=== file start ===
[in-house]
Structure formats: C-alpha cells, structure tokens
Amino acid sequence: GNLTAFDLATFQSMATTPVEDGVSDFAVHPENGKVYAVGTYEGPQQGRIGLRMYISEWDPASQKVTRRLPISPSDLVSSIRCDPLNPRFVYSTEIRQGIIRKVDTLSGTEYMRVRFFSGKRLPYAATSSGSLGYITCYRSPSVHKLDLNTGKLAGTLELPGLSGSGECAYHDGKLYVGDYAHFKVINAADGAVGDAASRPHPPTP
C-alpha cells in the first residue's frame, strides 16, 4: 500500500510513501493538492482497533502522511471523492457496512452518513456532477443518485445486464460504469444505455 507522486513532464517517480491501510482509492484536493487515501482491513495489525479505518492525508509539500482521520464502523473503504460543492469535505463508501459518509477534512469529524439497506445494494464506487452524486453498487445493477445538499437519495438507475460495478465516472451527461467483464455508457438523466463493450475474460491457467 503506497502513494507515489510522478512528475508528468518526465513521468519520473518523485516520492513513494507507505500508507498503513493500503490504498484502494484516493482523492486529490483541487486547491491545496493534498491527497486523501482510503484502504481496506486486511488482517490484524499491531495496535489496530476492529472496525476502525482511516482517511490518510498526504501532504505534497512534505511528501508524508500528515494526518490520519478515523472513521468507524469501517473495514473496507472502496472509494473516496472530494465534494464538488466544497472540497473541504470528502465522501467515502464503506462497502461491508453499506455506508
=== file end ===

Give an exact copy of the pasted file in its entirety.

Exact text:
[in-house]
Structure formats: C-alpha cells, structure tokens
Amino acid sequence: GNLTAFDLATFQSMATTPVEDGVSDFAVHPENGKVYAVGTYEGPQQGRIGLRMYISEWDPASQKVTRRLPISPSDLVSSIRCDPLNPRFVYSTEIRQGIIRKVDTLSGTEYMRVRFFSGKRLPYAATSSGSLGYITCYRSPSVHKLDLNTGKLAGTLELPGLSGSGECAYHDGKLYVGDYAHFKVINAADGAVGDAASRPHPPTP
C-alpha cells in the first residue's frame, strides 16, 4: 500500500510513501493538492482497533502522511471523492457496512452518513456532477443518485445486464460504469444505455 507522486513532464517517480491501510482509492484536493487515501482491513495489525479505518492525508509539500482521520464502523473503504460543492469535505463508501459518509477534512469529524439497506445494494464506487452524486453498487445493477445538499437519495438507475460495478465516472451527461467483464455508457438523466463493450475474460491457467 503506497502513494507515489510522478512528475508528468518526465513521468519520473518523485516520492513513494507507505500508507498503513493500503490504498484502494484516493482523492486529490483541487486547491491545496493534498491527497486523501482510503484502504481496506486486511488482517490484524499491531495496535489496530476492529472496525476502525482511516482517511490518510498526504501532504505534497512534505511528501508524508500528515494526518490520519478515523472513521468507524469501517473495514473496507472502496472509494473516496472530494465534494464538488466544497472540497473541504470528502465522501467515502464503506462497502461491508453499506455506508